Feds: Make eReaders accessible to all students

Some colleges have agreed to abandon Kindle pilot programs because of accessibility issues.
Some colleges have agreed to abandon Kindle pilot programs because of accessibility issues.

The federal government will help schools and colleges using eReaders such as the Amazon Kindle to comply with laws giving students with disabilities equal access to emerging education technologies, officials announced.

The Departments of Education and Justice stressed the responsibility of colleges and universities to use accessible eReaders in a letter published June 29, after more than a year of complaints from low-sighted and blind students attending colleges that have piloted eReader programs.

Many eReaders have a text-to-speech function that reads words aloud, but the devices lack menus that people who are blind or have low vision can navigate.…Read More

Students’ latest ‘crush’: New matchmaking web site

GoodCrush has attracted 14,000 students since its launch in February.
GoodCrush has attracted 14,000 students since its launch in February.

There’s a Yale student looking for a girl who took a “glorious fall” in the rain and looked “cute” doing it. The incident is spelled out on a new social networking site that offers an anonymous forum for college students to find the people they have crushes on.

GoodCrush.com, a site that launched in February and is now available to students on more than 20 college and university campuses, features a “Missed Connections” page for visitors who don’t know their crush’s name, but hope they’ll peruse the GoodCrush message board.

The anonymous matchmaking site also lets students who sign up enter the eMail addresses of up to five students they have a crush on. Those students will get an eMail saying someone on GoodCrush wants to connect. If they register, create a GoodCrush account, and enter the eMail address of the person who invited them, then both parties are messaged and their names are revealed.…Read More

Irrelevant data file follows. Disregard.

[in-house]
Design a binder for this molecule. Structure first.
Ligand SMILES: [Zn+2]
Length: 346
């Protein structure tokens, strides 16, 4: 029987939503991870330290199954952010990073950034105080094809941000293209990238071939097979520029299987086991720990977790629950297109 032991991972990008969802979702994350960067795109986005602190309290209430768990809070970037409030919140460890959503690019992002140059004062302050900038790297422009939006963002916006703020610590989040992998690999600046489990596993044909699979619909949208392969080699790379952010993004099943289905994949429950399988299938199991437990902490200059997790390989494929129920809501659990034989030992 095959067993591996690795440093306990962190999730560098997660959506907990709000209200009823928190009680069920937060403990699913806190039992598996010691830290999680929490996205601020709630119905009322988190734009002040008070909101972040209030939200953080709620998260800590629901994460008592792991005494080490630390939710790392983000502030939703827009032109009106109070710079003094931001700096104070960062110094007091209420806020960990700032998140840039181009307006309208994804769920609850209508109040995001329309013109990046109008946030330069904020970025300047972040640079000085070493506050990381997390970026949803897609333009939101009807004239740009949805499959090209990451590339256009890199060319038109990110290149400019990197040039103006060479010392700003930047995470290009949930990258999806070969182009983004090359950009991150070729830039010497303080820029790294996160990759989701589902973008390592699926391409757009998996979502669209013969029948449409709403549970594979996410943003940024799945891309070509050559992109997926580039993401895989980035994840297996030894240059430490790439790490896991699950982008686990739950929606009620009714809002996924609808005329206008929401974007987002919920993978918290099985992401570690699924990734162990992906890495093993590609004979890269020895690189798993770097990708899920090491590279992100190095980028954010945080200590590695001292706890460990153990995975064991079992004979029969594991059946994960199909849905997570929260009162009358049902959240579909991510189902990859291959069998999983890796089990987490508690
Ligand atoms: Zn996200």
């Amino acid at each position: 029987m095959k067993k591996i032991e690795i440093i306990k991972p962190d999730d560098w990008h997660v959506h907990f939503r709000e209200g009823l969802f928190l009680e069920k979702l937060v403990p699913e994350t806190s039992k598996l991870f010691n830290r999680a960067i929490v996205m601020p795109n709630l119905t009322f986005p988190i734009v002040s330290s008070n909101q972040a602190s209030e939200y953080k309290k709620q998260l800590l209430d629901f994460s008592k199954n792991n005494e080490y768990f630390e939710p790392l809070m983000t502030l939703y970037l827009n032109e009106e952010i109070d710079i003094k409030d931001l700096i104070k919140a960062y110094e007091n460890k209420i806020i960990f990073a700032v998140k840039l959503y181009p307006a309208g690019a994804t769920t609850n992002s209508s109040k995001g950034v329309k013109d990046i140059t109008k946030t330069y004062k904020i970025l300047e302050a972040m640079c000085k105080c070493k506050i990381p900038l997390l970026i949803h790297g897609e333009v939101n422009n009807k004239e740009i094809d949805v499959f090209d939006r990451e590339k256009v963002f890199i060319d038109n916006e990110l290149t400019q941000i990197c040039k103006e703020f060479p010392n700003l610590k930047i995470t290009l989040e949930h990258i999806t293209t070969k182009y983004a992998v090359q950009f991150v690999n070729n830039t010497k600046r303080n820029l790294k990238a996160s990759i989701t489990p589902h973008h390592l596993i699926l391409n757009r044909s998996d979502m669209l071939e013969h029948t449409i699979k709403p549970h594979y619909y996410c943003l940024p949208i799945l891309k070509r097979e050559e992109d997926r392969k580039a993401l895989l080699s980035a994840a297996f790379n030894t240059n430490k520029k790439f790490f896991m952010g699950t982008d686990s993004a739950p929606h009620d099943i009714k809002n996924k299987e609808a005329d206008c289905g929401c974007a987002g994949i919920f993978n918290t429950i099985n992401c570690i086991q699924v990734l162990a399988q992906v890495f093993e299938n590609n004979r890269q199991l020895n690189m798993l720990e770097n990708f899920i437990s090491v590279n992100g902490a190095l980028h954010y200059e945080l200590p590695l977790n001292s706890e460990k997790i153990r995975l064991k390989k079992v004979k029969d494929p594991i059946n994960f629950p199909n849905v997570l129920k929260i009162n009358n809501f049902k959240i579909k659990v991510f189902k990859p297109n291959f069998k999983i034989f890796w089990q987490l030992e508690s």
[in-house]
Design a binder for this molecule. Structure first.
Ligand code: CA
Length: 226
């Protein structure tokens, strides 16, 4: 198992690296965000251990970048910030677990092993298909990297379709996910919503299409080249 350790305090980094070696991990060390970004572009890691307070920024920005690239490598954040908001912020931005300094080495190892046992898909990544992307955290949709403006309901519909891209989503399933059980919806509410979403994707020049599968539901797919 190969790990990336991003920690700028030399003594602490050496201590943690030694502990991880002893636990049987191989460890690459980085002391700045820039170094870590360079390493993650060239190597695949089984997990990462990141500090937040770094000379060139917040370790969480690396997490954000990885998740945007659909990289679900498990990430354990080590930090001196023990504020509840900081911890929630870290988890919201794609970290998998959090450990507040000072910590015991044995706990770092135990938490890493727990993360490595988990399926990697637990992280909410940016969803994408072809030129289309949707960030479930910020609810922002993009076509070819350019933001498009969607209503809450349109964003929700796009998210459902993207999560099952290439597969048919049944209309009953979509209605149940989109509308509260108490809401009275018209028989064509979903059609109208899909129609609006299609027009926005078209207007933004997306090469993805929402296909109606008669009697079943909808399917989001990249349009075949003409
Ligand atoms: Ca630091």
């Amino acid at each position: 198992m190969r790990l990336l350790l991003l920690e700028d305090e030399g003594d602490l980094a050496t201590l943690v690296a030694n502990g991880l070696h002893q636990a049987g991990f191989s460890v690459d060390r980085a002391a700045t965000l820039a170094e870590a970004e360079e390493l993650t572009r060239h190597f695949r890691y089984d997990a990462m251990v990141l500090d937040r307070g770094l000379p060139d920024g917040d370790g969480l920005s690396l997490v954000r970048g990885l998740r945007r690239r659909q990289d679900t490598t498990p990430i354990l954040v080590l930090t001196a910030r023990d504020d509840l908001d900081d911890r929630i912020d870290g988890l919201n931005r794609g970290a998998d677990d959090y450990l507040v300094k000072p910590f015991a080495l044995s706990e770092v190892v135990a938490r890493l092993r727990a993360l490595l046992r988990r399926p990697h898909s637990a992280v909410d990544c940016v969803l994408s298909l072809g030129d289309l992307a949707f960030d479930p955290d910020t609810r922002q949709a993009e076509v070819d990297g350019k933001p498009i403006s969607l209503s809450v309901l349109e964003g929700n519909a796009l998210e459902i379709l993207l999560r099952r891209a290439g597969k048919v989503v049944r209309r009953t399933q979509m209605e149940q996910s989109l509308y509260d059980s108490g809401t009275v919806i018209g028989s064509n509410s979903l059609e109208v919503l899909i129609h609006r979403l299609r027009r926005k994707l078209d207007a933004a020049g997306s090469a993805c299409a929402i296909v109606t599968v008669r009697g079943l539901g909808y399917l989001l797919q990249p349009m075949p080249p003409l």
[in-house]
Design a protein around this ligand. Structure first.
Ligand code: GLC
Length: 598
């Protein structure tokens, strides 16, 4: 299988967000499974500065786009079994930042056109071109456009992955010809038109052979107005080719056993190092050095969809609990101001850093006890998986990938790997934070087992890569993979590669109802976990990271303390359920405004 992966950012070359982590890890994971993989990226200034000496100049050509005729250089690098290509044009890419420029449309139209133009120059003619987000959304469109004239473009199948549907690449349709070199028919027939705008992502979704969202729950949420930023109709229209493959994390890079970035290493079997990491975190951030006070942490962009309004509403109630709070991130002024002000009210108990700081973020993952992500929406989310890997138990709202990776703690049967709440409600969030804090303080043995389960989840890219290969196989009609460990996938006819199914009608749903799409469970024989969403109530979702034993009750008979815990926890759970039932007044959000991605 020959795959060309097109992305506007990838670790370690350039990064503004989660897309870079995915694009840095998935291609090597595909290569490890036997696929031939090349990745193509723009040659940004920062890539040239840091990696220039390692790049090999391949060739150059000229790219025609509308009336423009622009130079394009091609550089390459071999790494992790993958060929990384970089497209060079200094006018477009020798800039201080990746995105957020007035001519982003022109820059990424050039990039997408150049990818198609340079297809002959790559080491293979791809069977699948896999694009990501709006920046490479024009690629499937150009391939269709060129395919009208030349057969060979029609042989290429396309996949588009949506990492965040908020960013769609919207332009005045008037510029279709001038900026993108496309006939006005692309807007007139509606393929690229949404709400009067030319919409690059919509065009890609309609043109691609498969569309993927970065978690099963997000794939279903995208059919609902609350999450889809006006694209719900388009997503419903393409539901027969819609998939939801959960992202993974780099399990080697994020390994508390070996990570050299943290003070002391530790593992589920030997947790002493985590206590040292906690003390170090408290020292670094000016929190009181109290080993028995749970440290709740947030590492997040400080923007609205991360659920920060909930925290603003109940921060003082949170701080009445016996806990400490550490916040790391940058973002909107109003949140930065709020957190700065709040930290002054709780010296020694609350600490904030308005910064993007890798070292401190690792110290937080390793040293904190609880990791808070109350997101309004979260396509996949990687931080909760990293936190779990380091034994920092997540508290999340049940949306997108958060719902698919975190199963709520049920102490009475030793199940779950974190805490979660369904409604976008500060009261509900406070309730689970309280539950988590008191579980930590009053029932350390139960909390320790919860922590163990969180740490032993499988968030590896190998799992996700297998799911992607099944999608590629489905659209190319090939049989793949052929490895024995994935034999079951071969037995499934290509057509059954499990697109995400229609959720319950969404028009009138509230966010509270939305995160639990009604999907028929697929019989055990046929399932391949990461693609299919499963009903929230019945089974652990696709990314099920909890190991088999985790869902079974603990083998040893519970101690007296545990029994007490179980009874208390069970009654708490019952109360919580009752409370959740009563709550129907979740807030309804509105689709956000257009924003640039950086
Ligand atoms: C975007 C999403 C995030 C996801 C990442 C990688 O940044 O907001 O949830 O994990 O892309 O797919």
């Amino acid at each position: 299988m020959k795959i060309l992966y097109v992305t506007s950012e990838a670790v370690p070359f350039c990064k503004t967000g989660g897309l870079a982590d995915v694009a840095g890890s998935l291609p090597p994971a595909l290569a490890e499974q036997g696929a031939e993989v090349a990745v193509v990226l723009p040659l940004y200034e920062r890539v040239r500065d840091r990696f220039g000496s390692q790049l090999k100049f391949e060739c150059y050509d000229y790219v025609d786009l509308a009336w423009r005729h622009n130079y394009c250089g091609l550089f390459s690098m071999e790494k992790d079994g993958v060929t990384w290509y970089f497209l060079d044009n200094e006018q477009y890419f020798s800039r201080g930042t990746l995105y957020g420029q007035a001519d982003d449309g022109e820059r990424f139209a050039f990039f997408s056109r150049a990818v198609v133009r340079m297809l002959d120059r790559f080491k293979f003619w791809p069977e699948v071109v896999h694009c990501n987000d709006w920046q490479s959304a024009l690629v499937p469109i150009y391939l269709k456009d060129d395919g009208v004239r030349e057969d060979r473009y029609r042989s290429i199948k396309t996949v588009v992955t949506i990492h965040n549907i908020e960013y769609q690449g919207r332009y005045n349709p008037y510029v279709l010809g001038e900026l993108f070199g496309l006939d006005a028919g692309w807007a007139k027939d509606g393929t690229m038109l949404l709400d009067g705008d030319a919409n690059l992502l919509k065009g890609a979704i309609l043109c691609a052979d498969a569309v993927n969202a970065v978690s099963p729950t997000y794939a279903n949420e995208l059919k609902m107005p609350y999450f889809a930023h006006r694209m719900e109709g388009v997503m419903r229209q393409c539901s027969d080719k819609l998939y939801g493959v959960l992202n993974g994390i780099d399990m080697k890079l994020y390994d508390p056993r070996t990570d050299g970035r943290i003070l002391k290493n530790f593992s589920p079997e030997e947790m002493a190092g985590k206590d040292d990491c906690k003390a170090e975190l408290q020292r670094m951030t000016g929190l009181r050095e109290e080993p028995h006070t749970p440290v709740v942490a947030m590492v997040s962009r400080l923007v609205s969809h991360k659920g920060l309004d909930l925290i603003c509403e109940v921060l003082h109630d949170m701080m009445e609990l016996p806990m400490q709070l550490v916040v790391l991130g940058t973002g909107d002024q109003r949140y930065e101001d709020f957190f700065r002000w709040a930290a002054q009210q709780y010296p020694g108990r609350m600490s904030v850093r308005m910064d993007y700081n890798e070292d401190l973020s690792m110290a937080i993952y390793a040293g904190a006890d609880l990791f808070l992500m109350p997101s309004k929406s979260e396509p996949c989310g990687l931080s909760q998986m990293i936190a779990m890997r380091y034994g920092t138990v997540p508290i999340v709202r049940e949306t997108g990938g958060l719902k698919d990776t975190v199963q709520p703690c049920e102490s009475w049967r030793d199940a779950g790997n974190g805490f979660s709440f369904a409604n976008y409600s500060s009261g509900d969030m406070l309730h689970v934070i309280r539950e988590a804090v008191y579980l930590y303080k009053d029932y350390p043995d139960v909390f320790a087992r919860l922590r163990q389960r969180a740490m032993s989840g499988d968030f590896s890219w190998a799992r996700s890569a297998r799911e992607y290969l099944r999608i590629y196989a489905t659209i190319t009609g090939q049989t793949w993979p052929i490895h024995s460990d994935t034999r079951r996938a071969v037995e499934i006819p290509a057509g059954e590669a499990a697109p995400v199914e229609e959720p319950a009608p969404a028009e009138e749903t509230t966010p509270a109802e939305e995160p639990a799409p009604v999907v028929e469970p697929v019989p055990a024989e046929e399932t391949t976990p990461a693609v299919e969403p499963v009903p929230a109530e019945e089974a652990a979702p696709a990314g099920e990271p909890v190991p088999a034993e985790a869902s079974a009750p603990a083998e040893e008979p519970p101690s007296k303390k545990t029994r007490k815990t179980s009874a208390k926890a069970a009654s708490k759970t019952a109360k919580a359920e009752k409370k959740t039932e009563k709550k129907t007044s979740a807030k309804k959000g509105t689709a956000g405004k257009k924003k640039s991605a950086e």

Type A-plus students chafe at grade deflation

When Princeton University set out six years ago to corral galloping grade inflation by putting a lid on A’s, many in academia lauded the school for taking a stand on a national problem and predicted that others would follow. But the idea never took hold beyond Princeton’s walls, and so its bold vision is now running into fierce resistance from the school’s Type A-plus student body, reports the New York Times. With the job market not what it once was, even for Ivy Leaguers, Princetonians are complaining that the campaign against bulked-up GPAs might be coming at their expense. “The nightmare scenario, if you will, is that you apply with a 3.5 from Princeton and someone just as smart as you applies with a 3.8 from Yale,” said Daniel E. Rauch, a senior from Millburn, N.J. The percentage of Princeton grades in the A range dipped below 40 percent last year, down from nearly 50 percent when the policy was adopted in 2004. The class of 2009 had a mean grade-point average of 3.39, compared with 3.46 for the class of 2003. In a survey last year by the undergraduate student government, 32 percent of students cited the grading policy as the top source of unhappiness (compared with 25 percent for lack of sleep)…

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‘Supplemental service’ firms flourish with NCLB

Firms that offer private tutoring and standardized-test preparation are scrambling to cash in on what could be a multibillion-dollar bonanza created by the No Child Left Behind Act (NCLB), which requires public schools to expose students to an unprecedented battery of assessments and offer tutoring, summer classes, and remedial instruction to those who fail.

Districts nationwide have turned to the private sector for help complying with the law, and in doing so have created a “supplementary educational services” industry that barely existed five years ago, executives said.

Princeton Review Chief Executive John Katzman said the company’s K-12 division, which runs after-school programs and helps students prepare for standardized tests, now has 2,000 client schools, up from none two years ago. The division now produces about 15 percent of the company’s business. Within three years, Katzman said he expects it to represent 25 percent.…Read More